I chose to limit the Pointer teleportation to the left controller in all levels, for operational consistency and less confusion overall in controls. This solved the problems with the Touchpad presses when trying to use the radial menu to navigate. The pointers turning on when using the Touchpad was resolved with some scripting changes, and the Teleport offset was just a matter of making sure the CameraRig was being used as a transform reference instead of it's parent, the SteamVR. It was being pulled off course by the SteamVR object in the hierarchy. Simple fix, frustrating to actually figure out what the issue was.
Achieving victory over the debug list meant it was time to bring in someone else to get some outside feedback. My friend Maggie tried out all of the scenes and functions with some critique on the button mapping and overall function.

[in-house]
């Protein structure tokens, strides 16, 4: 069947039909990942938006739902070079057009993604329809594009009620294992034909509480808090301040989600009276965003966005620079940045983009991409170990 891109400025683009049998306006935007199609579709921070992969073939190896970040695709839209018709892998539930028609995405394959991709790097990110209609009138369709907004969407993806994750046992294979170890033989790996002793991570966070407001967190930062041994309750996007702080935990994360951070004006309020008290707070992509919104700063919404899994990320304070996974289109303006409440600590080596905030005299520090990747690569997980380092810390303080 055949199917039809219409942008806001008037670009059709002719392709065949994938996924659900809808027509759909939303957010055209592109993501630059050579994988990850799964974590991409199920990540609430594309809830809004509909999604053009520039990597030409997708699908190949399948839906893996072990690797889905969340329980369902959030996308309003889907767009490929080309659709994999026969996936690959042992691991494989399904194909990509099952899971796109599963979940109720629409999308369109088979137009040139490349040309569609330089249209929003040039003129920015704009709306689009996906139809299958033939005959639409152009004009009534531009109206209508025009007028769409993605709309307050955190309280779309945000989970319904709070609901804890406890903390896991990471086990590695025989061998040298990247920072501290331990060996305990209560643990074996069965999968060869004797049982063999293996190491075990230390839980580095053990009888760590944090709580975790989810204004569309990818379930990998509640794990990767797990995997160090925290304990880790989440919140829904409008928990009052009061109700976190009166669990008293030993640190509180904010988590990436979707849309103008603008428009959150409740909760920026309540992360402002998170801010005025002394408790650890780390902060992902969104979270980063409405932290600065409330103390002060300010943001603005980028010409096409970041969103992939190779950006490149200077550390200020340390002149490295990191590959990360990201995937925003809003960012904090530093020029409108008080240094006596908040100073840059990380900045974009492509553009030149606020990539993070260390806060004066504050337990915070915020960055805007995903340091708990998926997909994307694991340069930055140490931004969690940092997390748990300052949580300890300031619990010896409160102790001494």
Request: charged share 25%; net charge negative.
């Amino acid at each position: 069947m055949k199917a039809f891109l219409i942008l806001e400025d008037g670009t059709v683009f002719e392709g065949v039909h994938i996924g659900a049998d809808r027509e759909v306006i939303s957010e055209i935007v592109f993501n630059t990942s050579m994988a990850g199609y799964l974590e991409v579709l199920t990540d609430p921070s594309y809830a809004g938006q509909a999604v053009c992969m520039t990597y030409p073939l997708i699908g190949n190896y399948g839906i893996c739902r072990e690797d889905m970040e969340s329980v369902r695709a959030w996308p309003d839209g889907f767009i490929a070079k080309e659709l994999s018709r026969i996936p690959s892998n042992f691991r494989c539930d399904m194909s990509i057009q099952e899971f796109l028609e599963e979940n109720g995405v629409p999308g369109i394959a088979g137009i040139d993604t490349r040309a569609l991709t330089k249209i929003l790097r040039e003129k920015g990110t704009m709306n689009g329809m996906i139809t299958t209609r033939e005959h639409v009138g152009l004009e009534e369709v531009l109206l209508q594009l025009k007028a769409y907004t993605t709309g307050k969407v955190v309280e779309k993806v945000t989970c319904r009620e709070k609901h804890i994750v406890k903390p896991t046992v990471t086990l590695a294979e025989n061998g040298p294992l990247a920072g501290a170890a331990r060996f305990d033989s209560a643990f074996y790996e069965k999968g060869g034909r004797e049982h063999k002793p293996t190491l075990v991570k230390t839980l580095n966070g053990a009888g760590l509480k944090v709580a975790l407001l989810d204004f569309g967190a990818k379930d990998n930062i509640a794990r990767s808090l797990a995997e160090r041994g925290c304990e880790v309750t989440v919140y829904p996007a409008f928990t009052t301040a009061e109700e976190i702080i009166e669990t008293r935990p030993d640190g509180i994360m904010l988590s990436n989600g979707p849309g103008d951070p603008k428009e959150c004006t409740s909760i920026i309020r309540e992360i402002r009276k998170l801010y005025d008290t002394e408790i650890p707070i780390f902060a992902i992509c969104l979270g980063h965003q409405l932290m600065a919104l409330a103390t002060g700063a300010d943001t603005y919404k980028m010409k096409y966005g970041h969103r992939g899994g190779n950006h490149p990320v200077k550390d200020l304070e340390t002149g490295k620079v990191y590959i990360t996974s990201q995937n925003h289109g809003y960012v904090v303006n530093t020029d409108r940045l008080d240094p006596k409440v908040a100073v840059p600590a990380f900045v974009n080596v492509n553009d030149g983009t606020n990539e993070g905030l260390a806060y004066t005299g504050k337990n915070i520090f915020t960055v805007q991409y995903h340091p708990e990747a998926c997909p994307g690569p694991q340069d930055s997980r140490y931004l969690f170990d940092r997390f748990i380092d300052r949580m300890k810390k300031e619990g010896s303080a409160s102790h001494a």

Confusion over the controls. The trigger and touchpad can be confusing as there's no tutorial or hints other than me explaining the controls in person. For someone unfamiliar with the Vive, this really makes navigation difficult.
2D map needs some color and highlighting to indicate the interactive areas for the user.
Placing colliders around the buildings to avoid "phasing" into spaces we don't want players to be. Very disorienting and it breaks the immersion significantly.
As as result, I went ahead and added in controller tooltips immediately for users to understand the button functions. These tooltips appear when the scene starts for 15 seconds, then deactivate. However there is a toggle in the main menu if the user needs help or would just like to reactivate them.